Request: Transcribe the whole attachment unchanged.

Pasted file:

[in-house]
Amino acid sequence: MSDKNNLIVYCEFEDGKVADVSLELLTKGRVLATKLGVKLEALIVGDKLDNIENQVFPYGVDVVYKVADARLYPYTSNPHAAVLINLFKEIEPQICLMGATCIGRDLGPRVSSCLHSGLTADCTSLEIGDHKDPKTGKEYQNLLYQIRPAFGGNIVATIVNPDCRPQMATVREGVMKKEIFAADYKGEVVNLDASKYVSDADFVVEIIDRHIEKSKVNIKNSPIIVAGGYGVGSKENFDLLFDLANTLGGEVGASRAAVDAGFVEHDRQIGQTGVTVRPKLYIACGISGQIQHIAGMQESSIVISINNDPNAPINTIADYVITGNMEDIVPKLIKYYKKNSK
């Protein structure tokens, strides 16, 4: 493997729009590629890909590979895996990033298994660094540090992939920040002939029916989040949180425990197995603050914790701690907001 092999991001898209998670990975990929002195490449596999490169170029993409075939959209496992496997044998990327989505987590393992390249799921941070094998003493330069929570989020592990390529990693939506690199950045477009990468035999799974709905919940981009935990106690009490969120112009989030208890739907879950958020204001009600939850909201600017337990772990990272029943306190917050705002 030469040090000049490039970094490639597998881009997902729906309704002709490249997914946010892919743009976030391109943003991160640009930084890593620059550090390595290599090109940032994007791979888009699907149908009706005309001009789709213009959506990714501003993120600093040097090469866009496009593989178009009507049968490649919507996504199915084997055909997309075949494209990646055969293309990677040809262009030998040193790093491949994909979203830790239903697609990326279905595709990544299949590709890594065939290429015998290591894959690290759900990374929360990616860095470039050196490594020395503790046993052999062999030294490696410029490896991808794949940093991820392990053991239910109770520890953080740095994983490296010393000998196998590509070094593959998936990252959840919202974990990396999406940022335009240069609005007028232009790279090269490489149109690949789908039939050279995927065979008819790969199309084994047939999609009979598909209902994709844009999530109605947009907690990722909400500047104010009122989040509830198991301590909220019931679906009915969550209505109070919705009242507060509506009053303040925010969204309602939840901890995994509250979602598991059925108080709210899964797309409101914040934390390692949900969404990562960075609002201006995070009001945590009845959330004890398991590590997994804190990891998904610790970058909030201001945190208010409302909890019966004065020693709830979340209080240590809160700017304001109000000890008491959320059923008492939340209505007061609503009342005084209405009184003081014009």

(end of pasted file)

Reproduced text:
[in-house]
Amino acid sequence: MSDKNNLIVYCEFEDGKVADVSLELLTKGRVLATKLGVKLEALIVGDKLDNIENQVFPYGVDVVYKVADARLYPYTSNPHAAVLINLFKEIEPQICLMGATCIGRDLGPRVSSCLHSGLTADCTSLEIGDHKDPKTGKEYQNLLYQIRPAFGGNIVATIVNPDCRPQMATVREGVMKKEIFAADYKGEVVNLDASKYVSDADFVVEIIDRHIEKSKVNIKNSPIIVAGGYGVGSKENFDLLFDLANTLGGEVGASRAAVDAGFVEHDRQIGQTGVTVRPKLYIACGISGQIQHIAGMQESSIVISINNDPNAPINTIADYVITGNMEDIVPKLIKYYKKNSK
């Protein structure tokens, strides 16, 4: 493997729009590629890909590979895996990033298994660094540090992939920040002939029916989040949180425990197995603050914790701690907001 092999991001898209998670990975990929002195490449596999490169170029993409075939959209496992496997044998990327989505987590393992390249799921941070094998003493330069929570989020592990390529990693939506690199950045477009990468035999799974709905919940981009935990106690009490969120112009989030208890739907879950958020204001009600939850909201600017337990772990990272029943306190917050705002 030469040090000049490039970094490639597998881009997902729906309704002709490249997914946010892919743009976030391109943003991160640009930084890593620059550090390595290599090109940032994007791979888009699907149908009706005309001009789709213009959506990714501003993120600093040097090469866009496009593989178009009507049968490649919507996504199915084997055909997309075949494209990646055969293309990677040809262009030998040193790093491949994909979203830790239903697609990326279905595709990544299949590709890594065939290429015998290591894959690290759900990374929360990616860095470039050196490594020395503790046993052999062999030294490696410029490896991808794949940093991820392990053991239910109770520890953080740095994983490296010393000998196998590509070094593959998936990252959840919202974990990396999406940022335009240069609005007028232009790279090269490489149109690949789908039939050279995927065979008819790969199309084994047939999609009979598909209902994709844009999530109605947009907690990722909400500047104010009122989040509830198991301590909220019931679906009915969550209505109070919705009242507060509506009053303040925010969204309602939840901890995994509250979602598991059925108080709210899964797309409101914040934390390692949900969404990562960075609002201006995070009001945590009845959330004890398991590590997994804190990891998904610790970058909030201001945190208010409302909890019966004065020693709830979340209080240590809160700017304001109000000890008491959320059923008492939340209505007061609503009342005084209405009184003081014009």